Thornton resumed his legal practice in Oregon, and by 1860, he owned $10,000 in real estate and $3,500 in personal property. He was a devout Methodist who joined the Oregon Bible Society and the Oregon Temperance Society and repeatedly petitioned lawmakers to pass temperance legislation. Although he held no public office during the 1850s, he remained active in Democratic Party politics. He attended the Benton County Democratic Convention in 1853 and befriended Democratic Senators Thomas Hart Benton and Stephen Douglas. He wrote Oregon’s motto, Alis volat propriis (She flies with her own wings), which lawmakers incorporated into the territorial seal in January 1854. Later that year, Thornton began calling for Oregon statehood, which Congress granted on February 14, 1859.

Thornton remained staunchly loyal to the Union during the Civil War. In May 1861, he attended a flag presentation ceremony in Lebanon, Oregon, where he asked “every man to stand by his country, in this hour of trial, without distinction of party.” He helped pass resolutions urging “all who cherish our free institutions, who love our country, who are devoted to the Union and Constitution, and who glory in the proud name of American citizen” to help strike down the rebellion. He helped organize at least two more Unionist rallies that spring. Then, on July 4, 1861, he refused to compromise with Confederates, instead calling for the “last dollar for the last gun, to be used by the last man, to subdue and punish this feudalism of the middle ages.”

Thornton joined the Republican Party during the war, and he won a seat in the state legislature in 1864. He served as president of the Linn County Sanitary Association, and in September 1864, he helped the state’s “patriot Ladies” organize a Sanitary Fair to raise money for the Union war effort. In October, he fiercely opposed Oregon’s Specific Contract Act, which allowed merchants to demand payment in gold. The law, Thornton argued, eroded faith in the federal government’s greenback currency and therefore undermined the war effort. He declared it an “almost treasonable act” and a “cruel and ungracious blow upon the Government.” With loyal Americans “engaged in a mortal struggle with the most gigantic rebellion that ever desolated a country,” he warned, this law would bring only “disaster and distress.”

Governor A. C. Gibbs called a special session of the state legislature in December 1865 to vote on the Thirteenth Amendment. Thornton supported and voted in favor of the amendment. After the session, however, he largely retreated from political life. In 1868, Thornton and his wife petitioned to adopt a four-year-old girl named Jessie Mickie Nicolai, whose parents had “willfully deserted and neglected to provide proper care” for her. A court granted their request on July 11, 1868, and they renamed the child Jessie Thornton. The family moved to Salem, Oregon, around 1872, and Thornton presided over temperance meetings and served as president of the State Teachers Association. He also served on the Board of Trustees for Willamette University from 1872 until 1888. His health declined in the 1880s, as he suffered from what one observer called a “complication of diseases incident to old age.” He died in Salem on February 5, 1888, and was buried in Lee Mission Cemetery.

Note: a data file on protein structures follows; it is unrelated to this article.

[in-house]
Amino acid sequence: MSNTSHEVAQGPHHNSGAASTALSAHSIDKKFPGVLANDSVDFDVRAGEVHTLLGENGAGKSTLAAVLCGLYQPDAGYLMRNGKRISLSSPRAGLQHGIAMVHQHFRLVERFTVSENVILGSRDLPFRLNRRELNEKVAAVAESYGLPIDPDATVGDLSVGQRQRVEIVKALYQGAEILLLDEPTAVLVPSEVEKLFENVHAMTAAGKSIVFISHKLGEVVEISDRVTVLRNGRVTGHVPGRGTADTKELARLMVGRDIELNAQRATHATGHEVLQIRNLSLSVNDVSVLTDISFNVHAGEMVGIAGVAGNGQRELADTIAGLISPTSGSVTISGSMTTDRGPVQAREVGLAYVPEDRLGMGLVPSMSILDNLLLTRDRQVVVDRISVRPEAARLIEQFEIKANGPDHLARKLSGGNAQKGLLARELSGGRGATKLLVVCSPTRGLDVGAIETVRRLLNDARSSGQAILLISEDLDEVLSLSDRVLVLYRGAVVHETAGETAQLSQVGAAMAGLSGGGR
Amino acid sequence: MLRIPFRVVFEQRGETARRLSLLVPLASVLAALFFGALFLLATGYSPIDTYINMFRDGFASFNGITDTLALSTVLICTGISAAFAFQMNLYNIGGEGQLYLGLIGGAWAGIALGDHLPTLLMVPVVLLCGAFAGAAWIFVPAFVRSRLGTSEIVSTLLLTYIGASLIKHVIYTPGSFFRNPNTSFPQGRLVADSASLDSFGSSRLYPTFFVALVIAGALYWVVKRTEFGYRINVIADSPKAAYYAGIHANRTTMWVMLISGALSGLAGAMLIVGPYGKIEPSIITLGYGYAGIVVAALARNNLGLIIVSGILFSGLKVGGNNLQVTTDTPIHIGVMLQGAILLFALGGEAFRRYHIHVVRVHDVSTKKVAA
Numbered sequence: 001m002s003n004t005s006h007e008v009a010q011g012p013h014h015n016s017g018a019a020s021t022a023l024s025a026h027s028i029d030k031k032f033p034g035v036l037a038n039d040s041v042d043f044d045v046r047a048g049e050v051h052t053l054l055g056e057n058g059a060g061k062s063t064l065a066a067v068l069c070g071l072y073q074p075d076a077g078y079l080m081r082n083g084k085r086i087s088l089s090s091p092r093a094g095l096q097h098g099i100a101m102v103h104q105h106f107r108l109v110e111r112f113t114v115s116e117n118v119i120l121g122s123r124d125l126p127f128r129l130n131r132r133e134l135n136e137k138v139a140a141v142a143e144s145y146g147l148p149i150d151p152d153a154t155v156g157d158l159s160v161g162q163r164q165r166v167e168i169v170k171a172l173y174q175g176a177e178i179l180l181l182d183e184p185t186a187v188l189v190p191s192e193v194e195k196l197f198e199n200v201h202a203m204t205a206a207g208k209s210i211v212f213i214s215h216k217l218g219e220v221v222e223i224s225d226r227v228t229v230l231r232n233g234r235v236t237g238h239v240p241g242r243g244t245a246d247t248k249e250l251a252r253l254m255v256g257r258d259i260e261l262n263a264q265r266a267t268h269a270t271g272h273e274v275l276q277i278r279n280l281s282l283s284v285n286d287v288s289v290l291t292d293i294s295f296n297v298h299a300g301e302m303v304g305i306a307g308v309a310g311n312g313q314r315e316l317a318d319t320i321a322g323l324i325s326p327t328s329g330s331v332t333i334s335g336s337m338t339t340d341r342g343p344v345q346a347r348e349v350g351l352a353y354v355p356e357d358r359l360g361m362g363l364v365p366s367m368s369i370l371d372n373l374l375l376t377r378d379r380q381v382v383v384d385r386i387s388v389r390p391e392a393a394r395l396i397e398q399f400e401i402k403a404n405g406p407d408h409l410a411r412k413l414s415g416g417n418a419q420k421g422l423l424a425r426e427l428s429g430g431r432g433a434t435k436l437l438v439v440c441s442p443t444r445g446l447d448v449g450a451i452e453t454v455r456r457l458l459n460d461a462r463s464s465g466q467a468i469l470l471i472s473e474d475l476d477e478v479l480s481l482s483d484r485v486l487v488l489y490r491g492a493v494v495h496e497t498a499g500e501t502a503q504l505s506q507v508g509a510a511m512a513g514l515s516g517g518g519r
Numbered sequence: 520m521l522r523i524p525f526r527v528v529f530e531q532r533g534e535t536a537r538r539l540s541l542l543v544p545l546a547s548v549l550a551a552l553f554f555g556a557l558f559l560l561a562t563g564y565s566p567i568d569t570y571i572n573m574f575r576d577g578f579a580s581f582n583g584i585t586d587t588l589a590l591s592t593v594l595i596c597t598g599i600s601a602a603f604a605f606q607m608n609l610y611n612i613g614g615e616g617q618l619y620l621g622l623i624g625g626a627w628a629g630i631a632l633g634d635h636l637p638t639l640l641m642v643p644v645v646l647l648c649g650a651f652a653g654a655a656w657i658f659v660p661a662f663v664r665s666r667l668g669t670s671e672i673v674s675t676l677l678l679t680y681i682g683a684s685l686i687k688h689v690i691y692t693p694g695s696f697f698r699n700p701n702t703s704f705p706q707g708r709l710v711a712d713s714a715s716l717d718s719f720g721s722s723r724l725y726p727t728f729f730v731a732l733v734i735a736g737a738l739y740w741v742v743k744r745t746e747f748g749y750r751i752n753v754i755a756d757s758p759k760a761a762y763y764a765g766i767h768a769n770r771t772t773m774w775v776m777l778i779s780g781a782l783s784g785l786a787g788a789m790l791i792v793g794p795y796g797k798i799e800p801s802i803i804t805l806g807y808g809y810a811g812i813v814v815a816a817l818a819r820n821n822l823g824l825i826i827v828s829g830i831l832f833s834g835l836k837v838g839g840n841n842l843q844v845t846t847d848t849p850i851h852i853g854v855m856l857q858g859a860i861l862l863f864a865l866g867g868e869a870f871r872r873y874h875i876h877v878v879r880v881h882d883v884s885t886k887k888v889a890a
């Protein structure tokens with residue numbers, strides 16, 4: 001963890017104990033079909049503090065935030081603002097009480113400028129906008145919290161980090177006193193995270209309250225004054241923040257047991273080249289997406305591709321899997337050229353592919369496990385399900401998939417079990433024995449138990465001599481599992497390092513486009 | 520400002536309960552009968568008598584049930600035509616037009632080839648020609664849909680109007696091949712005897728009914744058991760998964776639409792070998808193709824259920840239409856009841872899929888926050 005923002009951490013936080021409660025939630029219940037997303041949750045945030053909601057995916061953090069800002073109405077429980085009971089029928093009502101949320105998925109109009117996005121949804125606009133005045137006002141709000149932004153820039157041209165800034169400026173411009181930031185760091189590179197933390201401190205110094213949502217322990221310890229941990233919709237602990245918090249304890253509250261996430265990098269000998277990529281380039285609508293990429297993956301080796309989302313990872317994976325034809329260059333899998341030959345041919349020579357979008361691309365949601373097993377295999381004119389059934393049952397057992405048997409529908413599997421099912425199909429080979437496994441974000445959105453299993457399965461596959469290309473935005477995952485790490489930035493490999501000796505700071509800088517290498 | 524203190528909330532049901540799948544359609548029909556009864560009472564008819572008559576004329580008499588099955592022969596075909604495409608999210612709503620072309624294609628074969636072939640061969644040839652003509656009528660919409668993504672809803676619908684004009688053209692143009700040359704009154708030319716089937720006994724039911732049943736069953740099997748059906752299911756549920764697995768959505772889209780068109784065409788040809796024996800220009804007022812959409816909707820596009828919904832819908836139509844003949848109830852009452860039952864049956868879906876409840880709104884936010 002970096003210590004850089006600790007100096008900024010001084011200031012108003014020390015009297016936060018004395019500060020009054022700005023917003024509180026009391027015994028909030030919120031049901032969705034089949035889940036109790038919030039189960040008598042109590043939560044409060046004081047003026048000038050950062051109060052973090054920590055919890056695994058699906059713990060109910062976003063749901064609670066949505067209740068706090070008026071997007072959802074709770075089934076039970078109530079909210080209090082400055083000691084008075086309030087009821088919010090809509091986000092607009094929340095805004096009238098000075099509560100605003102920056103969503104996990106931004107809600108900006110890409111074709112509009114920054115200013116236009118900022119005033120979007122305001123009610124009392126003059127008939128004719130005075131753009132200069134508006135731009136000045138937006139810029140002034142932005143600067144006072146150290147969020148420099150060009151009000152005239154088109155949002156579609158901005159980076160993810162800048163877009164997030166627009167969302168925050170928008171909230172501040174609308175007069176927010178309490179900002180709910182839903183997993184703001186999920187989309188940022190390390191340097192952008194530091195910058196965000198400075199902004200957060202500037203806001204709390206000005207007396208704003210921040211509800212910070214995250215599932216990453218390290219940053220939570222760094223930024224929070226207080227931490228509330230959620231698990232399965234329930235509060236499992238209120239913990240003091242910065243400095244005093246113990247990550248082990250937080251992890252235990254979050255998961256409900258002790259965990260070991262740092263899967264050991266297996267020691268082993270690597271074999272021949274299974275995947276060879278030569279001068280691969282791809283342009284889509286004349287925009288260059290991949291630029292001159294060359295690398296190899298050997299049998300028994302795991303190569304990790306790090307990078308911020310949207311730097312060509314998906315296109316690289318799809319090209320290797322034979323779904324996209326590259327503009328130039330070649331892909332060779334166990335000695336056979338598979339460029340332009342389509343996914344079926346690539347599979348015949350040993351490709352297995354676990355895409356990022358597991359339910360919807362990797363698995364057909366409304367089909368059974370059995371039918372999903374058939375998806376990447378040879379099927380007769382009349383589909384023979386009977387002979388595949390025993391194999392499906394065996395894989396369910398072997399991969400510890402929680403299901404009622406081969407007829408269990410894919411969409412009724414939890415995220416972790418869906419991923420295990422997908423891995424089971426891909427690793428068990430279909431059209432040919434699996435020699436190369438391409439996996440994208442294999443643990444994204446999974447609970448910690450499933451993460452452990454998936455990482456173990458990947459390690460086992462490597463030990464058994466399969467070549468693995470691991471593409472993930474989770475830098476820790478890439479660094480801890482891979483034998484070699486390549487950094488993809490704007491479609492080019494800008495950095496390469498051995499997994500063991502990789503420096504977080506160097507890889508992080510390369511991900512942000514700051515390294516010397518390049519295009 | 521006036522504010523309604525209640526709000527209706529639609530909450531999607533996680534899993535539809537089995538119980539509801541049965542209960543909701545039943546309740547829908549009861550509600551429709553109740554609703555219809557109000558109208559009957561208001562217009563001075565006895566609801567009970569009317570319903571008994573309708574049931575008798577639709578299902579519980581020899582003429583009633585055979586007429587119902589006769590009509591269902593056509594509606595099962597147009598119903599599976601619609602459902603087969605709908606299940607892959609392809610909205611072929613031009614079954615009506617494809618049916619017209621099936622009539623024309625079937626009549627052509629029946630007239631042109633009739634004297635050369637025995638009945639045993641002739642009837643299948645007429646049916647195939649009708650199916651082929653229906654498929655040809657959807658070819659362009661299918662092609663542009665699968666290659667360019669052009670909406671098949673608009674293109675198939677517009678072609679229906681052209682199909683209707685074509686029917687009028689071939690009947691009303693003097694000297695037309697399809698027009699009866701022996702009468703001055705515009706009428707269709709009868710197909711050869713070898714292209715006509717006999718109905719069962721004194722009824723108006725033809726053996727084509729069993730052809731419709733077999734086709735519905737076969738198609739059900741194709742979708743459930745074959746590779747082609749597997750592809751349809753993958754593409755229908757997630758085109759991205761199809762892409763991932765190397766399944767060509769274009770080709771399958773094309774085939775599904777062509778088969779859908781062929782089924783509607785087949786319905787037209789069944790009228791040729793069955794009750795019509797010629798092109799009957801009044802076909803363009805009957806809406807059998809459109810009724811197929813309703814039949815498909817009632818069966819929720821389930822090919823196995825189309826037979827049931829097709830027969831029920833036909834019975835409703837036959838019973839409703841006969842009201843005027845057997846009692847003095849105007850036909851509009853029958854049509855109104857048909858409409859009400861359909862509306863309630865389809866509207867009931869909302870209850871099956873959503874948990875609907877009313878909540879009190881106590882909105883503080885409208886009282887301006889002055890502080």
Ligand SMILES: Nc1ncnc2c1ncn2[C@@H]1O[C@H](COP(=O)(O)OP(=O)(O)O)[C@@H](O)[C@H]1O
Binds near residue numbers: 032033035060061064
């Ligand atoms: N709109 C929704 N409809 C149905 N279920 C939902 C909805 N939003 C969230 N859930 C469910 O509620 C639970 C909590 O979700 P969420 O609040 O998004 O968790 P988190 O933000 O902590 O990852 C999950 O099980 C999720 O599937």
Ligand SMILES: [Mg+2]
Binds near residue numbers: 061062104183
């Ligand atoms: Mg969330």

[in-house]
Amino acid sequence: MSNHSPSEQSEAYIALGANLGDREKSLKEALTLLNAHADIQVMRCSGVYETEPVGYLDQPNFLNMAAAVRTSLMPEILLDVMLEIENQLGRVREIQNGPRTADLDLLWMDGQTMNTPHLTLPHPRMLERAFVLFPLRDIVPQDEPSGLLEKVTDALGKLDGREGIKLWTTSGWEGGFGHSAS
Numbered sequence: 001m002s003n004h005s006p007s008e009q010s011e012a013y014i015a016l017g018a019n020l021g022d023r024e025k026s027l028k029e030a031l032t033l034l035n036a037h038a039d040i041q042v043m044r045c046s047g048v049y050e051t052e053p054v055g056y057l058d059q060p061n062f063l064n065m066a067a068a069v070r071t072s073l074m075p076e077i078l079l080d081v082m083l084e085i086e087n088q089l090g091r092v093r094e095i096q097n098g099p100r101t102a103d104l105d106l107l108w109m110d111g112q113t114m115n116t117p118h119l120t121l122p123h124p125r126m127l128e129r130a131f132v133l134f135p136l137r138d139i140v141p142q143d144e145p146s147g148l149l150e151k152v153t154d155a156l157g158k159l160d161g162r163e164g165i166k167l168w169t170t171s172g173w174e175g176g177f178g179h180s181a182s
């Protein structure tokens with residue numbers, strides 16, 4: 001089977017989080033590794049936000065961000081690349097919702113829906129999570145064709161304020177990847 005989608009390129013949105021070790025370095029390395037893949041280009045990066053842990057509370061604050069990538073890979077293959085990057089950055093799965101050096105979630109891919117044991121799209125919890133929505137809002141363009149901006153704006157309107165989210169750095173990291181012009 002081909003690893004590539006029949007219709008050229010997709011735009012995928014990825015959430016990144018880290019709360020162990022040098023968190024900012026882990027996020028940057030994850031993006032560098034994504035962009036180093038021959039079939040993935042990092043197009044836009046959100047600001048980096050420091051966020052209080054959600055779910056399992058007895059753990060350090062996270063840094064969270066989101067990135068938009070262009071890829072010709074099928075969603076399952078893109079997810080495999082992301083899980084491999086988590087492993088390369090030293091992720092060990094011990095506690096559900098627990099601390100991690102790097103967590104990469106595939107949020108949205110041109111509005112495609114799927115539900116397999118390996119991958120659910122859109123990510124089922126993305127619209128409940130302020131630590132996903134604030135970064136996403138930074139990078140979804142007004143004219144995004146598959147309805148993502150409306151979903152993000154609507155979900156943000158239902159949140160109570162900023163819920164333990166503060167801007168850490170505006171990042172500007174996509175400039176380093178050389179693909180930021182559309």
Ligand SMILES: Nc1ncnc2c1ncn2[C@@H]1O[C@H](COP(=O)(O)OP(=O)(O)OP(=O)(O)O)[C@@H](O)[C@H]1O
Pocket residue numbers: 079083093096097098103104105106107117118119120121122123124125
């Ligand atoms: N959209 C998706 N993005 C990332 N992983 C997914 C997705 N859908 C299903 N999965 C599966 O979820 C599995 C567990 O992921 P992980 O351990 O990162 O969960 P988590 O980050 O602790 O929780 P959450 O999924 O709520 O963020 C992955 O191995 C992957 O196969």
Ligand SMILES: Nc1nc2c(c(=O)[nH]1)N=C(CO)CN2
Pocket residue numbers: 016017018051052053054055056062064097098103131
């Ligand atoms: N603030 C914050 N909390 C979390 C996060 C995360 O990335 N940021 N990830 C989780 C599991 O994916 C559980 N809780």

Image: Jesse Quinn Thornton (courtesy Salem Public Library Historic Photograph Collections, Salem Public Library, Salem Oregon)


Jesse Q. Thornton Organizes an Anti-Abolition Meeting

Obituary of Jesse Q. Thornton

Name:Thornton, Jesse Quinn
Alternative names:
  • UVA (Union)
  • Civilian
Branch of service:
Residence at UVA:Augusta County, VA
UVA Begin Year:1833
UVA End Year:1835
Residence at enlistment:
Rank In:
Rank Out:
Highest rank achieved:
Birth date:1810-08-24
Birth date certainty:Certain
Birth place:Point Pleasant, WV
Death date:1888-02-05
Death place:Salem, OR
Causes of death:
Person 1Relation TypePerson 2
Thornton, Jesse Quinnparent ofThornton, Jessie Mickie
Thornton, Nancy Mickeywife ofThornton, Jesse Quinn

1810, 1820, 1850, 1860, 1870, and 1880 United States Federal Censuses, available from; Session 11 of the University of Virginia Faculty Minutes, September 1, 1834 – July 4, 1835, Jefferson’s University: The Early Life; Catalogue of the Officers and Students of the University of Virginia, Session of 1833-34 (Charlottesville, VA: Watson & Tompkins, 1834); Catalogue of the Officers and Students of the University of Virginia, Session of 1834-35 (Charlottesville, VA: Moseley & Tompkins, 1835); Jesse Quinn Thornton, Oregon and California in 1848, Vols. I and II (New York: Harper & Brothers, 1849); Daily Commercial Bulletin (St. Louis, MO), 1 June 1836; The Liberator, 13 August 1836; Staunton Spectator, 29 March 1838; Weekly Oregon Statesman, 20 June 1851, 9 April 1853, 27 May 1861, 3 June 1861, 8 July 1861, 11 December 1865, 25 February 1870, 24 May 1871; The Albany Journal, 12 March 1864; Morning Oregonian, 1 September 1864; Statesman Journal, 7 February 1888.